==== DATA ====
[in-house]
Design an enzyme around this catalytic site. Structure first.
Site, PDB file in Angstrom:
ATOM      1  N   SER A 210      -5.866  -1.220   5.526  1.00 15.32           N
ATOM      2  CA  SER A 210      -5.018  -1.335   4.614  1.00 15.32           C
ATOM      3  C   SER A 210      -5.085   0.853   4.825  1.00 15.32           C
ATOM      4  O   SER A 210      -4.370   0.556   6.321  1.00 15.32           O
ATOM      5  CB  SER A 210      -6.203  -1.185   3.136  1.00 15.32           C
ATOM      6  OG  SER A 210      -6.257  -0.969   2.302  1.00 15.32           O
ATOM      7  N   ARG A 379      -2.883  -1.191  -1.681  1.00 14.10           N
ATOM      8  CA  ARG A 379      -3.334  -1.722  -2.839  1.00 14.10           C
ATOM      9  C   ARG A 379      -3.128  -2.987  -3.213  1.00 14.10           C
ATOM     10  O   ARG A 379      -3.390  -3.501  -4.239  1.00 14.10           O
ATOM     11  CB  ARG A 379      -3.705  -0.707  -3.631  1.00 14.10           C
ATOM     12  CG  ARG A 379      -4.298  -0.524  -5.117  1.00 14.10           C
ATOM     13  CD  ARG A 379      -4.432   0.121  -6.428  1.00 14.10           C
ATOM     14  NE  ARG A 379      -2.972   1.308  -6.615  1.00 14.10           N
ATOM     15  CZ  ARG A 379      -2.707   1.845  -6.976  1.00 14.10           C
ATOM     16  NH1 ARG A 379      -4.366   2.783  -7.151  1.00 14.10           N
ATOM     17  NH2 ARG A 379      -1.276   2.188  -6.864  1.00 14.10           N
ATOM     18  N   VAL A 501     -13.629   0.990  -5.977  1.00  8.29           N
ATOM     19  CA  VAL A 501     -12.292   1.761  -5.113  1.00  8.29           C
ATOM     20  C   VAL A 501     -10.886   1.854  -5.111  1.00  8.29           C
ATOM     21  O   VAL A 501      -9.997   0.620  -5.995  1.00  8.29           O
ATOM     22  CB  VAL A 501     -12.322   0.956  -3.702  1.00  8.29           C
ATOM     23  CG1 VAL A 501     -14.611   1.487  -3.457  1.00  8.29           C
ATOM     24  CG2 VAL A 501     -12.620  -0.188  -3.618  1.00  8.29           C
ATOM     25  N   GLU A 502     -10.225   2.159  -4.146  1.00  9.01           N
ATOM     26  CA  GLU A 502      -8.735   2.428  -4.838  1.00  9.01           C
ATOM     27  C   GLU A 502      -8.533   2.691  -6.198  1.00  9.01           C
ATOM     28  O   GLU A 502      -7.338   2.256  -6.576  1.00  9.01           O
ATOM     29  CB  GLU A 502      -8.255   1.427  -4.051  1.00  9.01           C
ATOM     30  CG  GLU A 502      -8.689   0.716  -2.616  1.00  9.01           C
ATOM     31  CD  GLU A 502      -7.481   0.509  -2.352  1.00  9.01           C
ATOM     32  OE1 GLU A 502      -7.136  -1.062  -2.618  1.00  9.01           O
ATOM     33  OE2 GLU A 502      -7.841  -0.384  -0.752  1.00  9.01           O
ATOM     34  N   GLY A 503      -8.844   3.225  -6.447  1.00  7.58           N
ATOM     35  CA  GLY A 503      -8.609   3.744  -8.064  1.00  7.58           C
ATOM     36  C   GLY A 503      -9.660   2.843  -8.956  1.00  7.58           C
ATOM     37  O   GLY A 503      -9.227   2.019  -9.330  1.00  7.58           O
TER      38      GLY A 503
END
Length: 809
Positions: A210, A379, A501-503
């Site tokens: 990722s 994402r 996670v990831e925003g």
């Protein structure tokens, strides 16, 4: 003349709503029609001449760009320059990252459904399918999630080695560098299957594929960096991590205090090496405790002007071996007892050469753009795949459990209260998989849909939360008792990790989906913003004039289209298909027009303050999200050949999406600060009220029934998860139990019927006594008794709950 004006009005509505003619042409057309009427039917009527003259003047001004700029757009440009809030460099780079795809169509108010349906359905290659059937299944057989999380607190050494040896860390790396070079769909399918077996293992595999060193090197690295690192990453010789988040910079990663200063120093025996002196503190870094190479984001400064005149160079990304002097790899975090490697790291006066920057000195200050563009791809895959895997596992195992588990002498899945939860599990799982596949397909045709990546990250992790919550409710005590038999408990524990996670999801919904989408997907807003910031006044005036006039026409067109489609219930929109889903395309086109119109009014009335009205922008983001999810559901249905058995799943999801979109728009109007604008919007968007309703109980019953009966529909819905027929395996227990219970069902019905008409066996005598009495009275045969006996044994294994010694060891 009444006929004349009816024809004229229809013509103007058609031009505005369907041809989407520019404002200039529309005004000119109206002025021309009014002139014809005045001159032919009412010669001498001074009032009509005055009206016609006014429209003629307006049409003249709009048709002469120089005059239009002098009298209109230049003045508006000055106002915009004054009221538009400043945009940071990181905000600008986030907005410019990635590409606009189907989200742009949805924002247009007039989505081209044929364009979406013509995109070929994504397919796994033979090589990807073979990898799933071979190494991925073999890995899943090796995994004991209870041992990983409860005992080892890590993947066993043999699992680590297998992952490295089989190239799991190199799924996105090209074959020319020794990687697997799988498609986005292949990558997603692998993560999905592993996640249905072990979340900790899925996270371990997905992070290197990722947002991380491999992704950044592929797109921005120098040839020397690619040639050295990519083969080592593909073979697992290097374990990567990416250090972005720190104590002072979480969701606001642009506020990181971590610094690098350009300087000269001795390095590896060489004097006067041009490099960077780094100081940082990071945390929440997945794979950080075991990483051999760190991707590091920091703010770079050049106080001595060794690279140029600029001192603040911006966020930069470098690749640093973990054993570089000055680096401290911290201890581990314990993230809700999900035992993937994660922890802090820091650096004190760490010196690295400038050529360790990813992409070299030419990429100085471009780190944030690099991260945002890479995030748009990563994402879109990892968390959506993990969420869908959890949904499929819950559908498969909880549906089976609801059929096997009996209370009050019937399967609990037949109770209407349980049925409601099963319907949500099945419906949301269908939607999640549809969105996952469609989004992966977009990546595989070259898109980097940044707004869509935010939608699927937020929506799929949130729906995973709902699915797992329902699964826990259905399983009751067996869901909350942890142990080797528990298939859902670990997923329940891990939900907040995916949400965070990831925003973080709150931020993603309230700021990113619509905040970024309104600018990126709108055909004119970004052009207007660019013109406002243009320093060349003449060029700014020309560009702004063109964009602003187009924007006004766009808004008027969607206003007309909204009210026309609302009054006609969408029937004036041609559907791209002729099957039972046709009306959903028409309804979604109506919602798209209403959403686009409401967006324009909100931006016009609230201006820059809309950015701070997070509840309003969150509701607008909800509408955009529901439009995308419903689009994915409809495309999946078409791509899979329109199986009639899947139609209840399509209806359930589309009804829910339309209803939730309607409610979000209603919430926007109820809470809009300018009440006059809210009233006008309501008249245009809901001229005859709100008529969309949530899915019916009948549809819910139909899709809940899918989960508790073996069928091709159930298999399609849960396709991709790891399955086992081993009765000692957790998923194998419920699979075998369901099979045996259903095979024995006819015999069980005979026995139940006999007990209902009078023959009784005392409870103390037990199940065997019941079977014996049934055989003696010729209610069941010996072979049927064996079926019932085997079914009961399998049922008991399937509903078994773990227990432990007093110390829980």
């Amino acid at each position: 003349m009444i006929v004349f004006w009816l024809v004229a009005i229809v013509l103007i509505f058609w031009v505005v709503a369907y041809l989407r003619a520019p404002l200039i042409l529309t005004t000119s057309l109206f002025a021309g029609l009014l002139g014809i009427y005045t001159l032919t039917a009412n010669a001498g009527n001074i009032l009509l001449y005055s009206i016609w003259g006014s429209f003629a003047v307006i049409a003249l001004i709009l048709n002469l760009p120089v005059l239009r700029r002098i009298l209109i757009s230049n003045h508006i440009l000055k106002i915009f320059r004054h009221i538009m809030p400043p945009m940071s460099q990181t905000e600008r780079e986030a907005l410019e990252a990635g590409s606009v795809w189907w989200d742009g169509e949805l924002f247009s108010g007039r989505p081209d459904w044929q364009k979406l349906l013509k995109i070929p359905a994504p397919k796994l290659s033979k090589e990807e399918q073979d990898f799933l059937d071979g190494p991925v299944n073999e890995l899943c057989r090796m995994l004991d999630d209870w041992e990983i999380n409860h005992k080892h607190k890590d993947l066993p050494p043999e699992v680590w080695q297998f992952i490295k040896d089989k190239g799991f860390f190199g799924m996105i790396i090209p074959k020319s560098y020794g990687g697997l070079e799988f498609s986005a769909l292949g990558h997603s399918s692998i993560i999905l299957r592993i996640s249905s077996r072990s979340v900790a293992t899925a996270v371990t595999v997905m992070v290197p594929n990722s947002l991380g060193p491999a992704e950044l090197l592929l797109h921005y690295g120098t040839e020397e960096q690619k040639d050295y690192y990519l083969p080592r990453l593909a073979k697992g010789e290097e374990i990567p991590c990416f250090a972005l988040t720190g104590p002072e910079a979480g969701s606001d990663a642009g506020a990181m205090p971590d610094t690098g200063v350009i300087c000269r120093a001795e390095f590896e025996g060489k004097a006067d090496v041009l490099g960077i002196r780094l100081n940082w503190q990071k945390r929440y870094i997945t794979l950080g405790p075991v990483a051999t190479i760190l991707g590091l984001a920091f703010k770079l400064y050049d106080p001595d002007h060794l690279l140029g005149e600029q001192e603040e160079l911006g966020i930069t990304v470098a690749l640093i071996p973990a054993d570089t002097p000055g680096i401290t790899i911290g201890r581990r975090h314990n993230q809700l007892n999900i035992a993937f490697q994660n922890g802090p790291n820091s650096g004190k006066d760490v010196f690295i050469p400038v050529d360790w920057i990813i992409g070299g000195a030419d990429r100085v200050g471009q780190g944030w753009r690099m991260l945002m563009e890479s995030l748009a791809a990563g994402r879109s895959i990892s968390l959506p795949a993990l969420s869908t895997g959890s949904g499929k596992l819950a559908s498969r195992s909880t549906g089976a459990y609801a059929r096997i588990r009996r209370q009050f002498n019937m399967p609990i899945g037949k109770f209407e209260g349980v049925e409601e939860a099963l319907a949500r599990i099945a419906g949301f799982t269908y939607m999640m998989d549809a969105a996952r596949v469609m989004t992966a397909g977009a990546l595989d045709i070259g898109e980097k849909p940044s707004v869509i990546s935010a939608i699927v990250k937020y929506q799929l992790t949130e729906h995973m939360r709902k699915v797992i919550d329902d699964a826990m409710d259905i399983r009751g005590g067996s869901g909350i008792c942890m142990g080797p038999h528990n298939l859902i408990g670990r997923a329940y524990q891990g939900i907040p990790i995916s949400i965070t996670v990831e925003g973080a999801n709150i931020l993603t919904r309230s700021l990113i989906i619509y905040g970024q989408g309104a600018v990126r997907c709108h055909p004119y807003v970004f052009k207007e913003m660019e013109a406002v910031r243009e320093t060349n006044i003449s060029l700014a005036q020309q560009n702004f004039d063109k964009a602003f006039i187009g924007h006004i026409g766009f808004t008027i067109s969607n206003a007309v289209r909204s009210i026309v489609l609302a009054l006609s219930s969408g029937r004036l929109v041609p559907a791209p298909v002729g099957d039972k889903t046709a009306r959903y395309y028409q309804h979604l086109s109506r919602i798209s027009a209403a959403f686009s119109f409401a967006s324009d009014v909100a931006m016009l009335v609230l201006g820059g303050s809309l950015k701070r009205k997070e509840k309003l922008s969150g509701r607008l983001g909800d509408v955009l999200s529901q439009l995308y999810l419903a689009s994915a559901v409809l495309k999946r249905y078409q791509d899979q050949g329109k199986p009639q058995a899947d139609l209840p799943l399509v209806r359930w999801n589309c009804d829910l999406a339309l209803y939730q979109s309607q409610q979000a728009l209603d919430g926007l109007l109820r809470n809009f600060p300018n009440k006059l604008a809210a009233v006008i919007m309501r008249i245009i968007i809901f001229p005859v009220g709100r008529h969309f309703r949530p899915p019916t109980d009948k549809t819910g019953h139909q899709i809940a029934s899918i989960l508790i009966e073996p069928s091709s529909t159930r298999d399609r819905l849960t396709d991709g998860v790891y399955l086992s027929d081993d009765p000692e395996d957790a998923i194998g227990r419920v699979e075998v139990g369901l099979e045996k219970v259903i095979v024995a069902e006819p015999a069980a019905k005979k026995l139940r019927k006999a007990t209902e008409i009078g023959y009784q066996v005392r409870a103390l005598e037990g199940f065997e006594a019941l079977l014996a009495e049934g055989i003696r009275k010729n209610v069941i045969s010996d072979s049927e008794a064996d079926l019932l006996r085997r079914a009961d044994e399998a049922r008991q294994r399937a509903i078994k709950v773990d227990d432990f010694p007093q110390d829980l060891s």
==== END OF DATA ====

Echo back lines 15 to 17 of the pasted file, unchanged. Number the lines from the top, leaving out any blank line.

ATOM     12  CG  ARG A 379      -4.298  -0.524  -5.117  1.00 14.10           C
ATOM     13  CD  ARG A 379      -4.432   0.121  -6.428  1.00 14.10           C
ATOM     14  NE  ARG A 379      -2.972   1.308  -6.615  1.00 14.10           N